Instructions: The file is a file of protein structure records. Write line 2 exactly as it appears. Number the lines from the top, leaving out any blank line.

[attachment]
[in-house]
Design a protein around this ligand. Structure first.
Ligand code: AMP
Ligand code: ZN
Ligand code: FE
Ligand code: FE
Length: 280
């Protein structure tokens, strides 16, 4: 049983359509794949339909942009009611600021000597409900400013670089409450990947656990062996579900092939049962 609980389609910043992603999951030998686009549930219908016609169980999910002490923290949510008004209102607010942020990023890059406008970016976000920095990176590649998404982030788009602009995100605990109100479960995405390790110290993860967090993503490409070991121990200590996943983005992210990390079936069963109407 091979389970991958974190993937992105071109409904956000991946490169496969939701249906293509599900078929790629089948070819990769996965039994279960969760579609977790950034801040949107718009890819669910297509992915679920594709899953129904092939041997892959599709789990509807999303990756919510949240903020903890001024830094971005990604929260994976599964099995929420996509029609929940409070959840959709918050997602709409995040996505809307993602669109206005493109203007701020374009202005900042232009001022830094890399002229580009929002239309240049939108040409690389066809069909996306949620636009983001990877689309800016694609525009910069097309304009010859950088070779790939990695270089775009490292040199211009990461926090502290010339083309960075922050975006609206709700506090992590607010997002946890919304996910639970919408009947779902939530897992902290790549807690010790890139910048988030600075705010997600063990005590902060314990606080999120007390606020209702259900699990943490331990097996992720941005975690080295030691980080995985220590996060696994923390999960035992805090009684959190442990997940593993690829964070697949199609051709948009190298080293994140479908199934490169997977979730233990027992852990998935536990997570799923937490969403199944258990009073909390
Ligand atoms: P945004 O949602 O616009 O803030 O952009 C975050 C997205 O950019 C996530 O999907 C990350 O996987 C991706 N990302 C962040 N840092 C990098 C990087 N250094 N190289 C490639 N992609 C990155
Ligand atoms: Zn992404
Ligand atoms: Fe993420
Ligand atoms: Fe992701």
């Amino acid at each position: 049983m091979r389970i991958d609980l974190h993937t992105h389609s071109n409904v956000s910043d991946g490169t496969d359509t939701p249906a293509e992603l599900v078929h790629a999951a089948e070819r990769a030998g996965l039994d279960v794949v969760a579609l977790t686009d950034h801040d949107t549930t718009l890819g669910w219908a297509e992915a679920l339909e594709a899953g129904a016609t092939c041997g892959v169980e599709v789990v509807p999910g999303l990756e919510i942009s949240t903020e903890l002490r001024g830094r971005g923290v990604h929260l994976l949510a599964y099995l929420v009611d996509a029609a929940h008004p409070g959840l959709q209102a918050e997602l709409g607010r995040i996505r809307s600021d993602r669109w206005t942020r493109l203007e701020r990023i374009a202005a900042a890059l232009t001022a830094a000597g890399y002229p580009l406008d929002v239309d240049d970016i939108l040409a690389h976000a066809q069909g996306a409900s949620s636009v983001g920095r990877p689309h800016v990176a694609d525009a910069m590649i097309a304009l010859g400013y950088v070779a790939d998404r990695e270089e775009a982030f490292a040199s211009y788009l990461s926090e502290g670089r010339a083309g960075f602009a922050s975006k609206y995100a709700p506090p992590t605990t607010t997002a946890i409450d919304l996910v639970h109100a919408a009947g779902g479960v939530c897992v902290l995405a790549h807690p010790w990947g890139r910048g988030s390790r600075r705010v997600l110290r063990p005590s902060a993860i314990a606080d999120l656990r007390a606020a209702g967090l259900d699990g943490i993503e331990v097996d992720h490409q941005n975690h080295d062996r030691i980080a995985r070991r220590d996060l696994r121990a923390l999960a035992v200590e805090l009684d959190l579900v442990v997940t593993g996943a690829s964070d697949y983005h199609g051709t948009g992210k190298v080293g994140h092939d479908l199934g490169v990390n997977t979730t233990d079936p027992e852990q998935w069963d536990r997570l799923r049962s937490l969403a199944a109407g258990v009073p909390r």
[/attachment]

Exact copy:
Design a protein around this ligand. Structure first.